U.S. banks continue to follow a trend of closing branches as the introduction of innovative technologies are making branches less relevant among consumers. According to a 2015 Accenture report on the future of banking, which surveyed over 4,000 American consumers in the US and Canada, only 19 percent of the respondents said they would switch banks if their local branch was shuttered, compared with 48 percent in a survey taken two years earlier.
The Accenture survey also found that digital-savvy Millennials showed less loyalty to branch banking that was nearly double the average of other age groups, ostensibly reflecting a trend among Millennials seeking the speed and convenience of digital banking rather than making visits to bank branches. Eighteen percent of Millennials, between the ages of 18 and 34, switched banks within the past 12 months, compared with 10 percent of customers between the ages of 35 and 54 and 3 percent of those 55 years or older, the survey said.
Automation also is being used by banks as a cost-cutting tool, putting bank branches on the chopping block. Former Barclays CEO Anthony Jenkins was quoted in a speech last fall that the global banking industry will slash employment and branches by 20 percent to 50 percent over the next decade. Jenkins’ forecast was supported by a Citi research report that the number of US bank branches would be eliminated by more than one-third within this decade.
But traditional banks shouldnot simply close branches as automation reduces the need for brick-and-mortar facilities, according to the Business Process Outsourcer, Intelenet Global Services. Instead, they must consider ways to maximize their adviser networks, utilizing next-generation technologies to transform the nature of the branch instead of eliminating them.
One of these innovations is Radius, an Uber-like scheduling tool that is now being used in the banking sector. The technology enables companies to allocate mobile teams to nearby appointments, creating the potential to transform the banking business model for face-to-face interaction.
Bhupender Singh, CEO of Intelenet Global Services, says: “We are excited about the possibilities that Radius offers to modernize the branch banking model. Empowering banks to connect roaming advisers to nearby customers when and where they are needed, the tool would ensure the ongoing provision of an in-person service. With just the help of a simple mobile app, the costly outlay of a branch network could be sidestepped without reducing customer service.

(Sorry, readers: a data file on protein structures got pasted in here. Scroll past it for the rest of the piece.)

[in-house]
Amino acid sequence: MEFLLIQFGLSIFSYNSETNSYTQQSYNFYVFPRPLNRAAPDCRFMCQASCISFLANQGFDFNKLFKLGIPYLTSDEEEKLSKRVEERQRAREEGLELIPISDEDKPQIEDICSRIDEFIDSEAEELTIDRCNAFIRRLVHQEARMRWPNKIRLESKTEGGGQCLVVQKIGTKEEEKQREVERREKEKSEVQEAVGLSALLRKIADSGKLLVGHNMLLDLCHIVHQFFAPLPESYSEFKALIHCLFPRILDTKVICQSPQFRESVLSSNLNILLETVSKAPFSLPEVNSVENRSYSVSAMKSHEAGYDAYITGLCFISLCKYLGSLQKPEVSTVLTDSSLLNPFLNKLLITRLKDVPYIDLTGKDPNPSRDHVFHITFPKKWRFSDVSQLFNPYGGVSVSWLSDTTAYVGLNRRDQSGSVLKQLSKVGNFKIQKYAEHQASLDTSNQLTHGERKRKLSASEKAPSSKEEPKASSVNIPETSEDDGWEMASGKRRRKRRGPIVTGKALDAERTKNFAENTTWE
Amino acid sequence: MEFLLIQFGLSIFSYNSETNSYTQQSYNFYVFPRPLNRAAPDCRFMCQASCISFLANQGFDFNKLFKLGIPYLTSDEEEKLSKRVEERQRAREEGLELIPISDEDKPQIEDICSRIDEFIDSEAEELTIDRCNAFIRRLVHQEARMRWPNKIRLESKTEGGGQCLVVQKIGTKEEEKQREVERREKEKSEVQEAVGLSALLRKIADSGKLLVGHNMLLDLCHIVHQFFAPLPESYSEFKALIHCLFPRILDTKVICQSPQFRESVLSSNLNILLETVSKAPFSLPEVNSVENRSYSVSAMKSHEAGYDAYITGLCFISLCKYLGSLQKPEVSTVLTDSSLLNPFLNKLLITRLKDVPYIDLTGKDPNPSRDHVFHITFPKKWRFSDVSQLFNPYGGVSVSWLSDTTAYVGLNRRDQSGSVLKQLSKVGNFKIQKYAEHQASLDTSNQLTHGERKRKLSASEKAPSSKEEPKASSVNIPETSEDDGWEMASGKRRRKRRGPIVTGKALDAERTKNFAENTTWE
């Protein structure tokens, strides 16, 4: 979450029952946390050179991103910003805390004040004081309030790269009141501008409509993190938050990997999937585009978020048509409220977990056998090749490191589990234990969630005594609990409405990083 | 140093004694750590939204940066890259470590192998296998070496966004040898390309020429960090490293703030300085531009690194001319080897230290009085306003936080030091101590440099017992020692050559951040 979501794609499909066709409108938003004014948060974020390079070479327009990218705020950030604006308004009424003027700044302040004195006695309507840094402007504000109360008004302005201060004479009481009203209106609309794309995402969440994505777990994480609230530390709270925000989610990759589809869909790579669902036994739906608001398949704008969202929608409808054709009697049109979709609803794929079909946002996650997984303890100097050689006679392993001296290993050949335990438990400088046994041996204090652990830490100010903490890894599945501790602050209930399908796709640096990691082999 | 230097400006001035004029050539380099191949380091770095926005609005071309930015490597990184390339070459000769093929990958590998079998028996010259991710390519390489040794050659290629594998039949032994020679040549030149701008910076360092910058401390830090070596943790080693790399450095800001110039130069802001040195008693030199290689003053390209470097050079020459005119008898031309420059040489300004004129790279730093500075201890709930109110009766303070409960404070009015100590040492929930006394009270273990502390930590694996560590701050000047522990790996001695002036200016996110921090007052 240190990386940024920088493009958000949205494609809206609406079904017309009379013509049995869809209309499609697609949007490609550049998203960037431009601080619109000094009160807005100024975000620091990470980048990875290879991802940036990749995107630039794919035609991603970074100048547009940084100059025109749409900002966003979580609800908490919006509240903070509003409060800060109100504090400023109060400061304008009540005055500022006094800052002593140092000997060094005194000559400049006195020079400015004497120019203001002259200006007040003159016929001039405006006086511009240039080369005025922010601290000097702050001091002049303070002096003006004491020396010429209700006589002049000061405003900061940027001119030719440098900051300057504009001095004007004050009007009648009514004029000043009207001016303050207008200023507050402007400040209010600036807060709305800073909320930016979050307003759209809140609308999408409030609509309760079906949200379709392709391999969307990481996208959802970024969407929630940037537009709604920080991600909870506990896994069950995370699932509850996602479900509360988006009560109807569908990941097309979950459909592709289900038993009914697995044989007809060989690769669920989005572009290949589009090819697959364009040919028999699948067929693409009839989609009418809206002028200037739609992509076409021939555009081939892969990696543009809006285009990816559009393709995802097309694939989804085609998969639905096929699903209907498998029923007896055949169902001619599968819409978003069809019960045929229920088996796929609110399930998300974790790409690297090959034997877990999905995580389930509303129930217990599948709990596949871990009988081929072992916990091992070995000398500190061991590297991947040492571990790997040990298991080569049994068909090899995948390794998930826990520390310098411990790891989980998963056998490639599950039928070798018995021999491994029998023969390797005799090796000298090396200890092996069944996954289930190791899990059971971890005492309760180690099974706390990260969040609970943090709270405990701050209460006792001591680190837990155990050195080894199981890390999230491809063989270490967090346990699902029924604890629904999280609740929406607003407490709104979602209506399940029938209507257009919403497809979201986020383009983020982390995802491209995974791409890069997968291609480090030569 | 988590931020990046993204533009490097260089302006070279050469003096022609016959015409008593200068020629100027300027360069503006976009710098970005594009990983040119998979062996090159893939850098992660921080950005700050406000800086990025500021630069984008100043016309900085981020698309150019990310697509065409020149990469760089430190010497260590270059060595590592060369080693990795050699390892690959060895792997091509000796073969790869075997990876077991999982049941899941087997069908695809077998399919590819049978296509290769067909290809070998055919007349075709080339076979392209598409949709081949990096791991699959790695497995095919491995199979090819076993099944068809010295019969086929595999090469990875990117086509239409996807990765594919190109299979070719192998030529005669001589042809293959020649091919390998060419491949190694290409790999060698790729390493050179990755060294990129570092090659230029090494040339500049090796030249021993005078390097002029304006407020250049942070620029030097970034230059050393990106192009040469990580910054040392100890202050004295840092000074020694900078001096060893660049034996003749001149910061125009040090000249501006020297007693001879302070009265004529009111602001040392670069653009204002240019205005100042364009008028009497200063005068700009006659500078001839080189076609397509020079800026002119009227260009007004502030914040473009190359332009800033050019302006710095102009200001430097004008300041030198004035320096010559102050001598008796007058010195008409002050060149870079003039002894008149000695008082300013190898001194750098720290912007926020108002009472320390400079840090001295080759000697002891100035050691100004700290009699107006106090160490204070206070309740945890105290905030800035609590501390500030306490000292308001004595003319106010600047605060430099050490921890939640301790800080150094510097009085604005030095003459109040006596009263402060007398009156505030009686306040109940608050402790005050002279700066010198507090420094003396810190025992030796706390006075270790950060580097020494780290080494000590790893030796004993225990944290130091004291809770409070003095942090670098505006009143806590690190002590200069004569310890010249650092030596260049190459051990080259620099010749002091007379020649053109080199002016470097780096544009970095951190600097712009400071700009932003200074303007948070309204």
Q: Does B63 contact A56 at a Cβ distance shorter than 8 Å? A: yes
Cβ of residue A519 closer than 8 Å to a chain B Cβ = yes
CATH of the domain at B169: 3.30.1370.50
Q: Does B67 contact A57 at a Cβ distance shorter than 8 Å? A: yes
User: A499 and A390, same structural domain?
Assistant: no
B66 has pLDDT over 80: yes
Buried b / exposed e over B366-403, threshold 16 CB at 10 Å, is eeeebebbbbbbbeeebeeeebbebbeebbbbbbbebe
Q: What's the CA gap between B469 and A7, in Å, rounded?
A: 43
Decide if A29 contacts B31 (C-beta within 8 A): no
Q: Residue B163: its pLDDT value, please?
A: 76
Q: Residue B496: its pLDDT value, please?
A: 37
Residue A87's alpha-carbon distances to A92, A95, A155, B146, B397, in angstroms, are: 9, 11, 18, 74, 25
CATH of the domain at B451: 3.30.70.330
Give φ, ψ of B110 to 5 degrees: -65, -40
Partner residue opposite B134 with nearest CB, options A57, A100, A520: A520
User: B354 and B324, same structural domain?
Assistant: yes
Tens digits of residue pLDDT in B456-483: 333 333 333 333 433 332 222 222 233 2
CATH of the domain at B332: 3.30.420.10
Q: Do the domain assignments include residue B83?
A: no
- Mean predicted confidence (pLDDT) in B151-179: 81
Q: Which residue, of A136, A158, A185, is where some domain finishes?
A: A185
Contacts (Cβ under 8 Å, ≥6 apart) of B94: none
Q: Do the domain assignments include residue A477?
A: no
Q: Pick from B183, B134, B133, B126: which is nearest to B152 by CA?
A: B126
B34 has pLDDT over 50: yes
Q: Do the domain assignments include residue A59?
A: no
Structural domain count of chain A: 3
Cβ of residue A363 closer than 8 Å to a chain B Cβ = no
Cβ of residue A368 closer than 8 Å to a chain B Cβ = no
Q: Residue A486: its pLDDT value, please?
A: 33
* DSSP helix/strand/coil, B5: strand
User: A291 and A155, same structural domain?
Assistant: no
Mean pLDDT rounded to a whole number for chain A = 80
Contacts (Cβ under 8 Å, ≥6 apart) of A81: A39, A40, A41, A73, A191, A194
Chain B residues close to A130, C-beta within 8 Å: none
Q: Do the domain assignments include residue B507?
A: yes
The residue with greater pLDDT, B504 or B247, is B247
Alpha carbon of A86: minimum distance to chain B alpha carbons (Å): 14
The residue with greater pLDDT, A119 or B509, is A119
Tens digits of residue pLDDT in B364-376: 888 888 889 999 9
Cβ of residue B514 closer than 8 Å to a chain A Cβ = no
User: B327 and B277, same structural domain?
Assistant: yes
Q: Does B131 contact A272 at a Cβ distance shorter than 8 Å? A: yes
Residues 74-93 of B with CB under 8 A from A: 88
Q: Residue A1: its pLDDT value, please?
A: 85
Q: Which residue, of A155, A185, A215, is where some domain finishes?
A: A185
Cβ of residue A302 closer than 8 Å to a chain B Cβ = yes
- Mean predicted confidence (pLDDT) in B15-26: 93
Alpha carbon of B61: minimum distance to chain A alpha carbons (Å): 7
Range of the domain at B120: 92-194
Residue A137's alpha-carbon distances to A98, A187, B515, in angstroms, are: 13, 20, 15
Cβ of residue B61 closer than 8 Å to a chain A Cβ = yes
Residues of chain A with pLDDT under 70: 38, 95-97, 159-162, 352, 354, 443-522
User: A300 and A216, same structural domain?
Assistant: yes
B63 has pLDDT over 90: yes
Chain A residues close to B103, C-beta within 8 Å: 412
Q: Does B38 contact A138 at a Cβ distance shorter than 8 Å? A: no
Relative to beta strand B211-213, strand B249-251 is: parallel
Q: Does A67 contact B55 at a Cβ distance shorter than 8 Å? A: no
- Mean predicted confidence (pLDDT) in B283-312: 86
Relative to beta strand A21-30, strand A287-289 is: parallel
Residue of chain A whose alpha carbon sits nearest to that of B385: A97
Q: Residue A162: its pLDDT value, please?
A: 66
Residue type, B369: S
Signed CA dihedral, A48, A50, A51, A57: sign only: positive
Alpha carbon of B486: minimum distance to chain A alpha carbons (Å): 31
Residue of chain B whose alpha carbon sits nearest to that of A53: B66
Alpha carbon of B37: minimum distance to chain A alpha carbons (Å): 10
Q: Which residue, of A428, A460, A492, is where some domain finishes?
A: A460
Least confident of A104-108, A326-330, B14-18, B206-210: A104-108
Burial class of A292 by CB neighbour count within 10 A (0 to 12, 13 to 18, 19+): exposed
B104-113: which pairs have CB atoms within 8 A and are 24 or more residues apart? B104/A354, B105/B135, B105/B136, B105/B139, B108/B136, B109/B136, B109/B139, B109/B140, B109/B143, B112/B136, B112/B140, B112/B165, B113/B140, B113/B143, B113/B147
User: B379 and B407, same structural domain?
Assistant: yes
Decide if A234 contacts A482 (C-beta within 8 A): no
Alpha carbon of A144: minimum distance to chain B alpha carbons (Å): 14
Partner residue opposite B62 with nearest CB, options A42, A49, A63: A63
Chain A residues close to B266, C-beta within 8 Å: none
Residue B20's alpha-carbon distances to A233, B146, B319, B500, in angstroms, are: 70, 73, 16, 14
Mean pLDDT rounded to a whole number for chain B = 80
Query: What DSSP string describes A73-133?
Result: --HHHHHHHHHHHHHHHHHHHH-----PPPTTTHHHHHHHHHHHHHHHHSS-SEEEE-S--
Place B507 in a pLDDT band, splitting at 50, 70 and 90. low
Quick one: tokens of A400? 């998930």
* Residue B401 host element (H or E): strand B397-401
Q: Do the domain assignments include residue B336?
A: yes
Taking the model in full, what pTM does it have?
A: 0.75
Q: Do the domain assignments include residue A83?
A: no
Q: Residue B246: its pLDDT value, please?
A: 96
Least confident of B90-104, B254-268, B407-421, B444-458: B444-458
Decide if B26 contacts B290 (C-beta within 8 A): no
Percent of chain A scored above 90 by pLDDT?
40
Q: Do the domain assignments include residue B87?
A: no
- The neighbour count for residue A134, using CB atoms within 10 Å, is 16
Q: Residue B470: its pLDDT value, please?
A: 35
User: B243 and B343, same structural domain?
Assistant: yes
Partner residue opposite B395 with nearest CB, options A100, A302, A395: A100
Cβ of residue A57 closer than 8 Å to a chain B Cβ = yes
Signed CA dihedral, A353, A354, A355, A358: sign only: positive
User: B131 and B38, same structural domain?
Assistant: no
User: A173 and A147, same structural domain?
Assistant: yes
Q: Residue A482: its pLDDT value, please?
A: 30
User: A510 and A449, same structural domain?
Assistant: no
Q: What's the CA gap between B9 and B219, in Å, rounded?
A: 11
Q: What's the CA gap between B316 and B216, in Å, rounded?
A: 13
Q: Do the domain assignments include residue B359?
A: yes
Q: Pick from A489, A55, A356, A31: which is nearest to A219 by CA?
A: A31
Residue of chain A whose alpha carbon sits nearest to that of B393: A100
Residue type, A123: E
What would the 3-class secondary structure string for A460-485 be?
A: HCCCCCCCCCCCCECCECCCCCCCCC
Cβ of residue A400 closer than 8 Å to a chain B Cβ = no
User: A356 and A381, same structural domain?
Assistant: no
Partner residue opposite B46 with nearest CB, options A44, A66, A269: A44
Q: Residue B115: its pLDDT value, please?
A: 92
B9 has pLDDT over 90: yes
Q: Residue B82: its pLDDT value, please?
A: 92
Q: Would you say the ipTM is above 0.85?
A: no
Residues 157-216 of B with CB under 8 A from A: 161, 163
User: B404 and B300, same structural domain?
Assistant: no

Singh added: “In general, the past years have seen the explosion of online banking services, many of which are completed without any human interaction. Unfortunately, some customer segments are being left behind by this shift, and the majority of consumers, ranging across demographics, still crave a face-to-face service when making major financial decisions. Some challenger banks are bucking the trend, finding success by combining technology which improves the speed of their service, with efforts to build a branch network. One of our projects with amajor mortgage provider resulted in a reduction in mortgage approval time from 11 days to 48 hours. This has enabled them to make the back-office savings which can be redirected to the front-end of customer service.”
Tony Garritano is chairman and founder at PROGRESS in Lending Association. As a speaker Tony has worked hard to inform executives about how technology should be a tool used to further business objectives. For over 10 years he has worked as a journalist, researcher and speaker in the mortgage technology space. Starting this association was the next step for someone like Tony, who has dedicated his career to providing mortgage executives with the information needed to make informed technology decisions. He can be reached via e-mail at firstname.lastname@example.org.